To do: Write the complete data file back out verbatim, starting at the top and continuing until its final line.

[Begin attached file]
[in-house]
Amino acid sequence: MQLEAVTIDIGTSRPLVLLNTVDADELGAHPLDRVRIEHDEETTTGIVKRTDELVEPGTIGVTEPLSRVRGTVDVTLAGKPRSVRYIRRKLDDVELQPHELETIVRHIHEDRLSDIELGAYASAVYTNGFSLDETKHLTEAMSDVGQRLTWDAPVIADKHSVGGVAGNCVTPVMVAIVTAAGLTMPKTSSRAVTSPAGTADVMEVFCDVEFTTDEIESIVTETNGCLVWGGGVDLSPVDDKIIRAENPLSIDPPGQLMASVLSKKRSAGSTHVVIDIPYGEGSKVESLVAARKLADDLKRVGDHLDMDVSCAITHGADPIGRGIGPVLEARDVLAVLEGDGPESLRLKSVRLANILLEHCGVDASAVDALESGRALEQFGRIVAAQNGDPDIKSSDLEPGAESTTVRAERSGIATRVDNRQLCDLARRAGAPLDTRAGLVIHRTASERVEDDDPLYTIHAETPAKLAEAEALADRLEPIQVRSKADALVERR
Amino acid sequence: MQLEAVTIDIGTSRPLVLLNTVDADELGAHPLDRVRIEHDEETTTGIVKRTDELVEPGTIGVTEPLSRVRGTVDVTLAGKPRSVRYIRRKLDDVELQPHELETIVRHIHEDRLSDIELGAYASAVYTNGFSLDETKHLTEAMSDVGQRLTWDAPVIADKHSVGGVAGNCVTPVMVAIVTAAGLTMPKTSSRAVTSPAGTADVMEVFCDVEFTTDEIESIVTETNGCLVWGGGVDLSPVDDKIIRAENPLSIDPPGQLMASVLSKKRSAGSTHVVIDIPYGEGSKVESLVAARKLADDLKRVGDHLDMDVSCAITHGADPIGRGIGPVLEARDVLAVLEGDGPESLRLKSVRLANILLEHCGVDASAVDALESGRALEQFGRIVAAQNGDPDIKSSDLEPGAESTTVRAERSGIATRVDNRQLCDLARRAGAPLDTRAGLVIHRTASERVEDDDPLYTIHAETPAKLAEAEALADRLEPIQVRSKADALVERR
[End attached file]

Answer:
[in-house]
Amino acid sequence: MQLEAVTIDIGTSRPLVLLNTVDADELGAHPLDRVRIEHDEETTTGIVKRTDELVEPGTIGVTEPLSRVRGTVDVTLAGKPRSVRYIRRKLDDVELQPHELETIVRHIHEDRLSDIELGAYASAVYTNGFSLDETKHLTEAMSDVGQRLTWDAPVIADKHSVGGVAGNCVTPVMVAIVTAAGLTMPKTSSRAVTSPAGTADVMEVFCDVEFTTDEIESIVTETNGCLVWGGGVDLSPVDDKIIRAENPLSIDPPGQLMASVLSKKRSAGSTHVVIDIPYGEGSKVESLVAARKLADDLKRVGDHLDMDVSCAITHGADPIGRGIGPVLEARDVLAVLEGDGPESLRLKSVRLANILLEHCGVDASAVDALESGRALEQFGRIVAAQNGDPDIKSSDLEPGAESTTVRAERSGIATRVDNRQLCDLARRAGAPLDTRAGLVIHRTASERVEDDDPLYTIHAETPAKLAEAEALADRLEPIQVRSKADALVERR
Amino acid sequence: MQLEAVTIDIGTSRPLVLLNTVDADELGAHPLDRVRIEHDEETTTGIVKRTDELVEPGTIGVTEPLSRVRGTVDVTLAGKPRSVRYIRRKLDDVELQPHELETIVRHIHEDRLSDIELGAYASAVYTNGFSLDETKHLTEAMSDVGQRLTWDAPVIADKHSVGGVAGNCVTPVMVAIVTAAGLTMPKTSSRAVTSPAGTADVMEVFCDVEFTTDEIESIVTETNGCLVWGGGVDLSPVDDKIIRAENPLSIDPPGQLMASVLSKKRSAGSTHVVIDIPYGEGSKVESLVAARKLADDLKRVGDHLDMDVSCAITHGADPIGRGIGPVLEARDVLAVLEGDGPESLRLKSVRLANILLEHCGVDASAVDALESGRALEQFGRIVAAQNGDPDIKSSDLEPGAESTTVRAERSGIATRVDNRQLCDLARRAGAPLDTRAGLVIHRTASERVEDDDPLYTIHAETPAKLAEAEALADRLEPIQVRSKADALVERR